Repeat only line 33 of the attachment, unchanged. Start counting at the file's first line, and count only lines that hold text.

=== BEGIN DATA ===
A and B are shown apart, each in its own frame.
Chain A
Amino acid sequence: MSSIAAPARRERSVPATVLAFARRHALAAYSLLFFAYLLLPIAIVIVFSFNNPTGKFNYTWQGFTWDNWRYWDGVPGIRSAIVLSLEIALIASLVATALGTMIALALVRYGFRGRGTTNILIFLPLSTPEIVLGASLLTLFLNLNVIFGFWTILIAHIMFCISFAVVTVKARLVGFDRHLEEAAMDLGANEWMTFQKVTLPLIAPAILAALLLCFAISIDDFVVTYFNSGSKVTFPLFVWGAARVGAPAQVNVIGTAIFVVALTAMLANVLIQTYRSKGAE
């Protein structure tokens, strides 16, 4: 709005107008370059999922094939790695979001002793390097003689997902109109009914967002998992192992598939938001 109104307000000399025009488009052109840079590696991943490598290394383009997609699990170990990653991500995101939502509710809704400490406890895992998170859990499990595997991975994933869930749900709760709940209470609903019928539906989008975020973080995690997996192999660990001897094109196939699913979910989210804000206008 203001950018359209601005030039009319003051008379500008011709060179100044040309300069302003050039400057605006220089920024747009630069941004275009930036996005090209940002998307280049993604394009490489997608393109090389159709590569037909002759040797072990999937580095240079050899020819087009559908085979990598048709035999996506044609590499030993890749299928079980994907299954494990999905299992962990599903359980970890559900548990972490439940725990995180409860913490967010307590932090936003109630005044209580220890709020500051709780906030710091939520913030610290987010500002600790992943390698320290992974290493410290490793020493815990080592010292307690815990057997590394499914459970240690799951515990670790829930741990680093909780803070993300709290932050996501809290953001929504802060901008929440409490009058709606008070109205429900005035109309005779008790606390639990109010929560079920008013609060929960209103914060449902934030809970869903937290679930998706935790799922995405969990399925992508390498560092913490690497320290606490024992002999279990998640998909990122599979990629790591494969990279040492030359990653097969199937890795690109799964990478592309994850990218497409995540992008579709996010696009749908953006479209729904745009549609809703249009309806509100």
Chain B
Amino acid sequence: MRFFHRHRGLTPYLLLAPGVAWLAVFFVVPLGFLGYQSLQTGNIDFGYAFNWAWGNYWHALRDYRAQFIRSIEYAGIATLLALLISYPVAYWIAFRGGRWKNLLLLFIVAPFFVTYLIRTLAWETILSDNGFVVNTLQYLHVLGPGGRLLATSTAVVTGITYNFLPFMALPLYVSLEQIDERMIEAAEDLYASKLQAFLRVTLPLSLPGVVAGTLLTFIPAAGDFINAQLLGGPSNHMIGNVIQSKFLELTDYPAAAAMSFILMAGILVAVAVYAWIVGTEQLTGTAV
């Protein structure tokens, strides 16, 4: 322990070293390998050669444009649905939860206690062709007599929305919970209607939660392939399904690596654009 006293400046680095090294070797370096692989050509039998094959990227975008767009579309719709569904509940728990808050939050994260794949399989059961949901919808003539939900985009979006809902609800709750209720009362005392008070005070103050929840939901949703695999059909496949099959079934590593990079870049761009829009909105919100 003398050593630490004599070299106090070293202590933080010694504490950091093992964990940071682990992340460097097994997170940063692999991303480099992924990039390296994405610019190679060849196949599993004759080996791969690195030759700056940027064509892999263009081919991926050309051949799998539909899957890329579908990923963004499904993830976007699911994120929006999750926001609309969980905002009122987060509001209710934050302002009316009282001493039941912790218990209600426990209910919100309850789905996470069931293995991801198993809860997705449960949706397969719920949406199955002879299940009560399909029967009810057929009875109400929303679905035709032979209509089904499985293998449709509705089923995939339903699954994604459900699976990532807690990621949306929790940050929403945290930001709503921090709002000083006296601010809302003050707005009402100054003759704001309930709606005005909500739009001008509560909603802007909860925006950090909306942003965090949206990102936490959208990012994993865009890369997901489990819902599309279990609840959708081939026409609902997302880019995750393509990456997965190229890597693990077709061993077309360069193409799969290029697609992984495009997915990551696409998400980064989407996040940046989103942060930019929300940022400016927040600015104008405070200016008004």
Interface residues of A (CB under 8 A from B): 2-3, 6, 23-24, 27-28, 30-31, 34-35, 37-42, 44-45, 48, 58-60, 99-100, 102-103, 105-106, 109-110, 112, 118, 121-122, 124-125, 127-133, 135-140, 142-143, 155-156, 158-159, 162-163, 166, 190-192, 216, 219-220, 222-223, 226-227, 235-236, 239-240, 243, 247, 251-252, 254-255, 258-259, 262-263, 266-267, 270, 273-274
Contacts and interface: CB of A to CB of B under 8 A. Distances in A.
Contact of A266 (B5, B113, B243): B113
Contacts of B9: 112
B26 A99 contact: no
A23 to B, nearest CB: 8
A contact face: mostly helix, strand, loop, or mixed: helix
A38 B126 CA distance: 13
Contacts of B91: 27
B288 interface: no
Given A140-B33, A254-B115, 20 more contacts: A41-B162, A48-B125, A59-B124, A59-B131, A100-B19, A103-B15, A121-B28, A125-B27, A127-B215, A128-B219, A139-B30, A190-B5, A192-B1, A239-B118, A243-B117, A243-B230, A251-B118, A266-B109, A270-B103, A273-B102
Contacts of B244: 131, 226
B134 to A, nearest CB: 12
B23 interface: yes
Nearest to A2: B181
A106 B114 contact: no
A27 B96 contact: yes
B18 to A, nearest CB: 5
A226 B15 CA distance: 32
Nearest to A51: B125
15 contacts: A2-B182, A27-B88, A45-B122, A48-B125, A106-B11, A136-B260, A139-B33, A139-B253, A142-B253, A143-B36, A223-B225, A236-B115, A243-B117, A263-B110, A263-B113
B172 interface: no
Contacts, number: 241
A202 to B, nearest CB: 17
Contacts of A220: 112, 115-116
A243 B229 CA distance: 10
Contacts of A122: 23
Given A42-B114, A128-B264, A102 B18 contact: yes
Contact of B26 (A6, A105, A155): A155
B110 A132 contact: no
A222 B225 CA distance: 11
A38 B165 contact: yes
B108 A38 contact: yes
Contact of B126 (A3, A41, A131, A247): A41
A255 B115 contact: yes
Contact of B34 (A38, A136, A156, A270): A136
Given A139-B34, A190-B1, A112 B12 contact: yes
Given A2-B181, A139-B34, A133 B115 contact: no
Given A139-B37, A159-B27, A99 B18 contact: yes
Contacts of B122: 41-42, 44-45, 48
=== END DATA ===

A243 B229 CA distance: 10